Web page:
(contest entry on Penmancy.com as a part of Quintale-56)
[prompt: to choose an engaging closing sentence from any of the #Quintale stories previously published on Penmancy, and use it in the opening sentence of your own narrative]
The light to her shadows
‘Where there are shadows, can the light be far behind?’ Atul’s words boomeranged through Chitra’s senses punctuating the marigold redolence storming through her olfactory. Her neighbour and classmate, Atul had been a silent sentinel to her fragmented heart for as long as she could remember.
Chitra’s life had been an uphill battle, cementing her place in a patriarchal household with two older brothers. Her covenant desire to study further trampled upon by her father’s dominion resulted in her marriage to Ram as soon as she turned 18. That was five years ago.
Her marital life had been a chasm of despondency from the beginning itself. Ram was far from the celestial revered being he was named after. Right from the first night, he exerted his conjugal rights. Chitra had hoped for understanding, sharing, and companionship but was met with disappointment.
“You bitch…” Ram had yelled on the second night after remaining unsatisfied despite leaving behind a traumatised Chitra writhing in pain. “… I have been fooled. You know nothing… I shouldn’t have married you.”
Chitra preferred being berated for unsatisfactory housework during the day than returning to the confines of her bedroom at night where a usually inebriated Ram lay in wait to debauch her soul.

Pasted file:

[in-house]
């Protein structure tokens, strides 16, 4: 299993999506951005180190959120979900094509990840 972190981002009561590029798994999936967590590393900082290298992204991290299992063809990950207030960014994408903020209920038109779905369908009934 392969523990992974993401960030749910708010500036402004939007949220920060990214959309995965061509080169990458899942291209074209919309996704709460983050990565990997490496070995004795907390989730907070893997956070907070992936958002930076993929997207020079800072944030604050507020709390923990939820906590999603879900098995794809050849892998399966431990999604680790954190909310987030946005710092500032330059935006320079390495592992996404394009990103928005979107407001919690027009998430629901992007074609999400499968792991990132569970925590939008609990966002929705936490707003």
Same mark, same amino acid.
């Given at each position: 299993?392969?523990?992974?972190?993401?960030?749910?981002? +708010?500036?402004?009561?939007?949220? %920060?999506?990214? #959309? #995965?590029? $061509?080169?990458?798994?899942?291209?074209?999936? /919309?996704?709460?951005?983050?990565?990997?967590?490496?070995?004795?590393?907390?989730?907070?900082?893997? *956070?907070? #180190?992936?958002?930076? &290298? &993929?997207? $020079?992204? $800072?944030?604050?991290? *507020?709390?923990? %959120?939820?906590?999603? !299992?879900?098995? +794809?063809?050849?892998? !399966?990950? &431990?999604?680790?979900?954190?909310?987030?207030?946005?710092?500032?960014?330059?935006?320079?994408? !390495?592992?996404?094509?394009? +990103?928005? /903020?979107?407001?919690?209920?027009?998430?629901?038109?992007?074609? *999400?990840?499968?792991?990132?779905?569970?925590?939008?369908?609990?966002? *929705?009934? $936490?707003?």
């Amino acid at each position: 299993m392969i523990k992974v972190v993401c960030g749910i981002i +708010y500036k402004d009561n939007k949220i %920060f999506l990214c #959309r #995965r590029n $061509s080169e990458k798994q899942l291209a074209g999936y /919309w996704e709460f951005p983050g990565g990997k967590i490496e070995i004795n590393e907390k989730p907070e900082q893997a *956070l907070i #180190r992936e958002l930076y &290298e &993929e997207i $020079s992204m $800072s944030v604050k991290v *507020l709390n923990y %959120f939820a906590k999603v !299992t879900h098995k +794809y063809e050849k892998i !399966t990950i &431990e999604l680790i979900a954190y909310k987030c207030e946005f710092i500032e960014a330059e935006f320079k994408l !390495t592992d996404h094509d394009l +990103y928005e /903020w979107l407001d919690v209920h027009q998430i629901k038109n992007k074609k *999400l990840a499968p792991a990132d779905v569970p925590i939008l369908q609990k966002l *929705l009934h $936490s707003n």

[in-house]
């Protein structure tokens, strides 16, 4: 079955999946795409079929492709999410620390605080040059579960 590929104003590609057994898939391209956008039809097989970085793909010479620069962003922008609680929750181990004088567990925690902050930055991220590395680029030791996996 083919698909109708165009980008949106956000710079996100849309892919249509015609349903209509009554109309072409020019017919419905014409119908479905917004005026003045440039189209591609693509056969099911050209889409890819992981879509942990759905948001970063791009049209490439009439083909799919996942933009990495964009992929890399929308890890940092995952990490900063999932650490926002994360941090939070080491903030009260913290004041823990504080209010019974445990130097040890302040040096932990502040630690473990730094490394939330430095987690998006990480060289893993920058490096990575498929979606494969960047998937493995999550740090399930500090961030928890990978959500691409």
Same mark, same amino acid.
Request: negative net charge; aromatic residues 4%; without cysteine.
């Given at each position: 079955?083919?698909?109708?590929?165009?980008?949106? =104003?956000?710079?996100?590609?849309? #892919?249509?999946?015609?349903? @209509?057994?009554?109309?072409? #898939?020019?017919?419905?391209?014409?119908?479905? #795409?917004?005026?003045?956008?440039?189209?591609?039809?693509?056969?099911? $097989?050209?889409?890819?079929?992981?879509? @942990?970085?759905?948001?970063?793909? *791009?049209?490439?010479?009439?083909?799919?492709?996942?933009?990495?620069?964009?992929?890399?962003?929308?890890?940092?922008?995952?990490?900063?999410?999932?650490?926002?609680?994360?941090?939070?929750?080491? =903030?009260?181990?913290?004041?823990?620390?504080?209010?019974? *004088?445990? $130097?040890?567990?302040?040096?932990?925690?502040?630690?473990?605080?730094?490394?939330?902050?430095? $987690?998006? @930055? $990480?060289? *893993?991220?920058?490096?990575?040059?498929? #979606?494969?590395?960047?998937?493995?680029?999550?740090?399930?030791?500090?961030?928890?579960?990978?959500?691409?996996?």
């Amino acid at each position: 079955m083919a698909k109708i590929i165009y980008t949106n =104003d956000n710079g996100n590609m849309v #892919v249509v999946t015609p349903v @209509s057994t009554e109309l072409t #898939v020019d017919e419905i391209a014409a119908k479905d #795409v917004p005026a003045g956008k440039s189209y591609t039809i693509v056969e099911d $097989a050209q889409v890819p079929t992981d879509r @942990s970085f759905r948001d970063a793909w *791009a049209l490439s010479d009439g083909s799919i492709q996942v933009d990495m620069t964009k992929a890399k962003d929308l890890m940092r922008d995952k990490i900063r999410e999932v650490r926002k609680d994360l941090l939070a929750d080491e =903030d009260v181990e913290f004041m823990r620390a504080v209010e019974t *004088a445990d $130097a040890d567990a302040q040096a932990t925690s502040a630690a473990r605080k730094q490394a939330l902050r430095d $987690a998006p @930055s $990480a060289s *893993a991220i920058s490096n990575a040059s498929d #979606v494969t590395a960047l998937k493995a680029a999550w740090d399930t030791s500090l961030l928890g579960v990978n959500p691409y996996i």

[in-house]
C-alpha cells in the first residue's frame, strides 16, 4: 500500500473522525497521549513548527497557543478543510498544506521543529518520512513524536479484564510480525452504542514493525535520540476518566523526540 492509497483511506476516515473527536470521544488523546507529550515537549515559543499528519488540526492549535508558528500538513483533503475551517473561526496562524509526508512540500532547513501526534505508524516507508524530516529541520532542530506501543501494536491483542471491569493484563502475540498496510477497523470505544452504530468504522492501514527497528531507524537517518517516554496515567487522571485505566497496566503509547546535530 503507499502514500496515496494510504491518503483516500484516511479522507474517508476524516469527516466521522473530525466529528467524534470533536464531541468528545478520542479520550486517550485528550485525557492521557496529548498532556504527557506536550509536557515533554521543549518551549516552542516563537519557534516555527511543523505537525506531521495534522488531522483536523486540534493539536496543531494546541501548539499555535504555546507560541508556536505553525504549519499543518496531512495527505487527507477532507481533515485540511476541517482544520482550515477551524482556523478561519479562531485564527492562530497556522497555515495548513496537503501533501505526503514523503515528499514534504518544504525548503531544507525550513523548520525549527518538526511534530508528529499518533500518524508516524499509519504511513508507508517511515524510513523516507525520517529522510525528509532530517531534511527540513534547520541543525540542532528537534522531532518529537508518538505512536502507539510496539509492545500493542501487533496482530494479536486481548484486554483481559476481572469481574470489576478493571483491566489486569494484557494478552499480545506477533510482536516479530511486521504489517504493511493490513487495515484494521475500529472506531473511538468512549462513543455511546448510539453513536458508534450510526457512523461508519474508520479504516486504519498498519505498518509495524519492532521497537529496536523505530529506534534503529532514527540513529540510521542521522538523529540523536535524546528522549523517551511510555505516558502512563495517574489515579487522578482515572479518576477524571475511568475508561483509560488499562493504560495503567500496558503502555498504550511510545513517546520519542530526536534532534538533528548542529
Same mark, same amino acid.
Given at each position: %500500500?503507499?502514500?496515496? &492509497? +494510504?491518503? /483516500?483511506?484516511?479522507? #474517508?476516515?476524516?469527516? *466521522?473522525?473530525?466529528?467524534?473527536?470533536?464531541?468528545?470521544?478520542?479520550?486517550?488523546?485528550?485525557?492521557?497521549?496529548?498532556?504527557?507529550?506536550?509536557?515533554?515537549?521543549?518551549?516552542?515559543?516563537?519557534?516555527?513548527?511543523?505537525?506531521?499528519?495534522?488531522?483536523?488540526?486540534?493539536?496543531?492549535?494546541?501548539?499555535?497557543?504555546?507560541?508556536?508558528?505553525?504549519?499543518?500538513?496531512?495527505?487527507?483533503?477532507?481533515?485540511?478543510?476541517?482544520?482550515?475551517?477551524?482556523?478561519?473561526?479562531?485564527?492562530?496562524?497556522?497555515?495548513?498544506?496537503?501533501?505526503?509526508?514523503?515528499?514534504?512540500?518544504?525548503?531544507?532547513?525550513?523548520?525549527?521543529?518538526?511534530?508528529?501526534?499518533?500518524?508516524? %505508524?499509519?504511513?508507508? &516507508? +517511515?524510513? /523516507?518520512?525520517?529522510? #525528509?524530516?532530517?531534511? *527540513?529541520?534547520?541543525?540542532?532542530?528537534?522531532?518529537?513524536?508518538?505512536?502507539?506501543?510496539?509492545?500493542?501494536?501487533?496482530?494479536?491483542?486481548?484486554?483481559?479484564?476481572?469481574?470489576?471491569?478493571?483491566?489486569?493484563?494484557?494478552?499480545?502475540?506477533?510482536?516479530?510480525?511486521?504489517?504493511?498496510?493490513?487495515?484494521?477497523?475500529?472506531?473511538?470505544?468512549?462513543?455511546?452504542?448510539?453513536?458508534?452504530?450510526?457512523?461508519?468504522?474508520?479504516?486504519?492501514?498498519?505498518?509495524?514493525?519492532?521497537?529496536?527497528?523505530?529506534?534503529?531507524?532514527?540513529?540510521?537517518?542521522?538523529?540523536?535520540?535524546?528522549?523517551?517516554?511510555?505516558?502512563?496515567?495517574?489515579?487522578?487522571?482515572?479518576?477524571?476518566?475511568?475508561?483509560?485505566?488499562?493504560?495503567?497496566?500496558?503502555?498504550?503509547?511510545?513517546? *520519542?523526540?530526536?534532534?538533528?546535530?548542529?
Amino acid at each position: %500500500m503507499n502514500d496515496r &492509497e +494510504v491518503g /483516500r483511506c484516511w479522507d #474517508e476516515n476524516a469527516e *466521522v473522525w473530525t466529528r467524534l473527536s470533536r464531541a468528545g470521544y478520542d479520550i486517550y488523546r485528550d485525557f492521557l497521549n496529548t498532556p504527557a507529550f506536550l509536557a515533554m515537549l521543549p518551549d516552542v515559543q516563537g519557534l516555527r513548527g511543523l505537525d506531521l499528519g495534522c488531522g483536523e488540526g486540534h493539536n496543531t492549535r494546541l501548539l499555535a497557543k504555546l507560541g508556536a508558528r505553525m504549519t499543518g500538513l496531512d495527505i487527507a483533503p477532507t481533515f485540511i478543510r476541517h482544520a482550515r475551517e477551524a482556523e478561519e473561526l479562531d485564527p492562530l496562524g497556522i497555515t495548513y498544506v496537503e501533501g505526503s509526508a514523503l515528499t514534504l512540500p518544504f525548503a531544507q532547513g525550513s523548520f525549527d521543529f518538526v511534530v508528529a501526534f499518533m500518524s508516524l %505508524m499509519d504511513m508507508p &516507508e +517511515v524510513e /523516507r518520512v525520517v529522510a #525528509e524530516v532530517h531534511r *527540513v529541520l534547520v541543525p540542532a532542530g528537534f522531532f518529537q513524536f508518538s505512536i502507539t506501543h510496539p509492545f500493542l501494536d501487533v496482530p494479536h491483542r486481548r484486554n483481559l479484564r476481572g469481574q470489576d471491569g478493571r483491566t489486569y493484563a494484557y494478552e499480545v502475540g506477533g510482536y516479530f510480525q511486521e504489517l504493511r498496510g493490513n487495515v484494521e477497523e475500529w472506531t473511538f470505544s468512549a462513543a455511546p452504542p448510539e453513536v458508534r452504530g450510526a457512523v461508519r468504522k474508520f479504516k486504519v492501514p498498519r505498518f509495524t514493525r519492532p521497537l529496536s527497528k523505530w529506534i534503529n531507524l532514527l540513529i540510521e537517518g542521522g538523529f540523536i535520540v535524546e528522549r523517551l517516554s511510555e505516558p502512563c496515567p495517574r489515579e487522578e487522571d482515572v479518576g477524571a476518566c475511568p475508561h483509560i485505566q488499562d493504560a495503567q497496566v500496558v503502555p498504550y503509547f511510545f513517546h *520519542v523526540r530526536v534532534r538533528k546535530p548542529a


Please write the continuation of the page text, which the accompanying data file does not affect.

She once visited her maternal home two months after the marriage. Her mother held her close and wept seeing her daughter a shell of her former self, Chitra’s body riddled with evidence of her abuse at the hands of her husband.
“Maa, I can’t take it anymore…” Chitra had wailed holding her mother tightly.
“No bitiya…” her mother remarked in horror. “… now Ram’s house is your home. Ram is your everything. You should… please him. If you do then you will be happy throughout your life…”
Atul had left the area plunging her world further into the dark abyss.
A year later, Ram almost strangulated her and the neighbours intervened to get her back to her maternal home. Her father didn’t want to press charges and Chitra agreed as well for the acrimonious divorce.
Something must be wrong with their daughter… people talked.
Atul returned after 2 years and proposed marriage.
This is what happens when the husband disowns you… poor girl has no choice… harsh voices droned on around.
The pirouetting of the nylon curtains shook her out of her reverie. Time had flown and ebbed ever since she had discovered herself at 16. Only Atul was privy to her secret. She blinked back tears inhaling the earthy fragrance of her flame-red ‘mehendi’ resembling the fire in her heart.
She was asexual, absolutely uninterested in intimacy of any kind and Atul was her saviour in the hypocritic world that considered her orientation blasphemous.
“You are my light, Atul…” Chitra said later in their decorated bedroom, easing him into his specially equipped bed.
“I wish I could do more, Chitra, but being a widow will entail freedom compared to being a divorcee.”
She held his hands and sobbed.
Atul was terminally ill.
Author notes: (source: Google)
Asexual people may not experience sexual attraction to others. They may also:
- Not be interested in sex
- Not develop crushes
- Not be stimulated by erotic content
- Prioritize personality over looks
- Feel left out from conversations about sex and relationships
- Not experience sexual arousal
- Feel that someone is attractive but not be attracted to them
The first line of the story was taken from Lalitha Ramanathan’s story titled: Master of the Shadows.